So what’s the big deal about soy? It used to be considered a fantastic superfood that made a great alternative to meat for vegans, vegetarians or even just foodies. Being high in protein (17g/100g) and fiber (6g/100g) as well as containing plenty of important minerals like manganese, iron, magnesium, phosphorus, copper, potassium and calcium, as well as loads of important vitamins, especially several B vitamins and vitamin K, it’s hard to think of this great food item as something potentially harmful for the body.
But now, there’s a ton of controversy about soy for 5 main reasons.
1 – Phytoestrogens
Soy contains lots of isoflavones that activate estrogen receptors in the body and are therefore considered phytoestrogens. Because they interact with the body’s hormones, they are considered endocrine disruptors. The major controversy here with soy is that it’s not really clear whether or not estrogen levels increase or decrease with the consumption of phytoestrogens because research is finding that both actually occur, but may depend on how much estrogen you already have in your body.
2 – Hypothyroidism
Studies have shown that the same isoflavones that have estrogenic effects can also have goitrogenic effects but you’d have to consume bucketloads to really have thyroid toxicity, unless there are other conditions you already have (like iodine deficiency or other preexisting hormone problems).
3 – Anti-nutrients
Soybeans, like most beans, are high in a compound called phytates that can reduce the absorption of minerals as well as the digestibility of starches, proteins, and fats. However, acidity levels, cooking and milling can reduce these significantly so that as long as you’re not having tons and tons of them and you’re getting plenty of nutrients and minerals from other healthy foods too, you’ll be fine.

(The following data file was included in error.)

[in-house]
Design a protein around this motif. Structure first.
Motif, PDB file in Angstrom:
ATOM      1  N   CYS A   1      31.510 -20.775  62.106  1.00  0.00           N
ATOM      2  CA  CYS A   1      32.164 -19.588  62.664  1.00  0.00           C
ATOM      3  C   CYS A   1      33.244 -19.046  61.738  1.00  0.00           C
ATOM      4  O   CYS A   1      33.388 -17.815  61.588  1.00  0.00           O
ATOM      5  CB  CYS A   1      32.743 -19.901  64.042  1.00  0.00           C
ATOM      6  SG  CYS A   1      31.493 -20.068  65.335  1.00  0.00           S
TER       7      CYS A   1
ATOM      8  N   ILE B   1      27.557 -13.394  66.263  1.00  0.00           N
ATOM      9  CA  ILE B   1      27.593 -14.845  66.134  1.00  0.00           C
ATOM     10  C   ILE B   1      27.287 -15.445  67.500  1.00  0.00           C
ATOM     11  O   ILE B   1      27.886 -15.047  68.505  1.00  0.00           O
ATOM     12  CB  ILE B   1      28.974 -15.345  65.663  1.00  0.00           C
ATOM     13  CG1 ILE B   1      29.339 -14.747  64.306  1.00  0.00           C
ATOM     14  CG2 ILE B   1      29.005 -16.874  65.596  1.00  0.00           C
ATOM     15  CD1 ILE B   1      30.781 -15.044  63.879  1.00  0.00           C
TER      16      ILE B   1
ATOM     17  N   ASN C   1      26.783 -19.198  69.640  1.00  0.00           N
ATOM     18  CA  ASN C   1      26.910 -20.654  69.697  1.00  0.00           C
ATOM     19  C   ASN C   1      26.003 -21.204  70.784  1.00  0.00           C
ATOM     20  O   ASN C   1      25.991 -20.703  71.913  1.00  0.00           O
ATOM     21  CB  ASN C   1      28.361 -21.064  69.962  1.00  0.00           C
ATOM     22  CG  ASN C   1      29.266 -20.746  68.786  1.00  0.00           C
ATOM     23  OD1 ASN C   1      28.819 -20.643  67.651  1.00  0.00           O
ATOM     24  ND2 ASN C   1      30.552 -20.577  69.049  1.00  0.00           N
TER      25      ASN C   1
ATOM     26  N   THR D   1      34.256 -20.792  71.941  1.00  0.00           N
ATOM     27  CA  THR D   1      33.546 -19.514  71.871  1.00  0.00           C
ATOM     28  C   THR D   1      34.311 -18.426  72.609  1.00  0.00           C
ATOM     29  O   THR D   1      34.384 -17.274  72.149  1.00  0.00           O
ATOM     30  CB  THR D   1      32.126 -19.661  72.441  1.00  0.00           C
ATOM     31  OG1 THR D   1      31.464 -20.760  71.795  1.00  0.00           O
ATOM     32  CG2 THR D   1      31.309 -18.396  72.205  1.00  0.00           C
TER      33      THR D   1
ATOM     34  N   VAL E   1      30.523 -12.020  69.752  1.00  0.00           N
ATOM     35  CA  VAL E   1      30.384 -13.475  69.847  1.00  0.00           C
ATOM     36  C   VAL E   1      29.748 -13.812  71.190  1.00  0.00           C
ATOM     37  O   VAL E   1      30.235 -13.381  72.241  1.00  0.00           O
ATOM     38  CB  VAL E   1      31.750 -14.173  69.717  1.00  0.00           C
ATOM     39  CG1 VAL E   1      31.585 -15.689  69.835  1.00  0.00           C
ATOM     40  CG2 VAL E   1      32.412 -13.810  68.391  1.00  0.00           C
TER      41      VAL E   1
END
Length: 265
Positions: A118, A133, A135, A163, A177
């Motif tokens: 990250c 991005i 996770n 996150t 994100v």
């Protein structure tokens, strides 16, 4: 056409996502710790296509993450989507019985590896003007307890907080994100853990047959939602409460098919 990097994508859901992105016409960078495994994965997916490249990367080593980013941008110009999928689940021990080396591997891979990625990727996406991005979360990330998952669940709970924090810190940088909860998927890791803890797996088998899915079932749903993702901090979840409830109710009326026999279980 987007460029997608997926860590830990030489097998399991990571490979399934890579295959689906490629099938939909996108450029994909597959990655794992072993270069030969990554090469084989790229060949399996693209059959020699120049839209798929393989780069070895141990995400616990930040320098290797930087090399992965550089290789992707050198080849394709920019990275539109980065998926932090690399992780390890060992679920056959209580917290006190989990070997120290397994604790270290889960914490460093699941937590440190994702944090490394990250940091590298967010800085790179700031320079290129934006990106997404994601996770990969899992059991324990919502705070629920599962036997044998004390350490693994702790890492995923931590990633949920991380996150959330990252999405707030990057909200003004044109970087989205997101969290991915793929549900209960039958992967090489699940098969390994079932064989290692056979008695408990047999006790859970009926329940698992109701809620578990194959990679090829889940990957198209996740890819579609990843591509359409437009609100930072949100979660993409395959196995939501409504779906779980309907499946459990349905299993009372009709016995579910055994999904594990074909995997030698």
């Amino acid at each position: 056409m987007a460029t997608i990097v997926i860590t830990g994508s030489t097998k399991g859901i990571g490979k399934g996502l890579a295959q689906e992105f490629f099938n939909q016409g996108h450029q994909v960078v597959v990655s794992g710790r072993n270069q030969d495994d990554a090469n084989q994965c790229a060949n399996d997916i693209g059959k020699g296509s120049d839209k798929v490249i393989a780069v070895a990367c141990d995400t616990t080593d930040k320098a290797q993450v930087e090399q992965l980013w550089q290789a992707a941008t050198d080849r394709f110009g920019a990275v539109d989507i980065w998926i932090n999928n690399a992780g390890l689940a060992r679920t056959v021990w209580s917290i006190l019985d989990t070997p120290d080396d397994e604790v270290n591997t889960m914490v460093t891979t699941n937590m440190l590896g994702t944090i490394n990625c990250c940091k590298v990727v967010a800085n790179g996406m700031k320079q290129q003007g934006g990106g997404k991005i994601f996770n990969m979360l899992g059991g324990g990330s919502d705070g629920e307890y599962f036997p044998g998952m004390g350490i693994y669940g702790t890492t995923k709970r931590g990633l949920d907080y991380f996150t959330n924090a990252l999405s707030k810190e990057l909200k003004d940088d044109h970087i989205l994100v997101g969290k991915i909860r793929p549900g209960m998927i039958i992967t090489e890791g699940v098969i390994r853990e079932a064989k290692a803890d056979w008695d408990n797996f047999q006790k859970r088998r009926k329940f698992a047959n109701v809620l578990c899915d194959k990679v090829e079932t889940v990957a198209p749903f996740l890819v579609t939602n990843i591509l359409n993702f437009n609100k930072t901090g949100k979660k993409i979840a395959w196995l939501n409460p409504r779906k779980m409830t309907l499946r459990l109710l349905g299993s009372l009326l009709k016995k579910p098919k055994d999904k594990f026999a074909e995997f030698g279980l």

4 – Food processing
Although you need heat to get rid of phytates, high heat processing can denature some of the beneficial plant proteins, reducing their quality. Even the extraction of soybean oil, used in lots of processed foods, is done with a solvent called hexane. Once the oil is removed, the soybean meal could be used for livestock feed, or could simply become soy flour (for many vegetarian options) or soy protein (like what’s used in many protein shakes).
5 – Food quality
We tend to think about soy as produced only in Asia, but the US produces tons of it and unfortunately more than 90% of US produced soy is genetically modified and the crops are sprayed with Monsanto’s herbicide called Roundup, which has been associated with many health conditions. But there’s an easy solution to this that generally applies to all foods: aim for organic, non-GMO foods.
So what does all this mean?
The bottom line is that soy can be good and can be bad; it all depends on your body’s needs.
Because its isoflavones can regulate estrogen levels (increasing them when low or decreasing them when high), it may be beneficial for reducing menopausal symptoms in older women, or even help prevent osteoporosis. But the real scare comes from the risk of breast cancer, even though conclusions aren’t yet clear. Whether soy consumption increases the risk or decreases it is still not fully determined. It’s also beneficial to consider limiting soy in some cases like hypothyroidism, allergies, or an imbalanced gut bacteria, but that still doesn’t mean you’d necessarily have to eliminate all soy completely.
So should you cut out soy completely from your diet?
The answer is it depends. Everyone is different genetically and lives in a different environment, so we all have varying dietary needs. It can be very confusing to know what’s right for us as individuals and what isn’t but tech like ph360 and the new ShaeTM can take the stress out of it.
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Now that isn’t to say that all people should be eating gluten instead. People with celiac disease and gluten-sensitivity should, of course, avoid wheat and other items that contain gluten like barley, rye, triticale, and bulgur….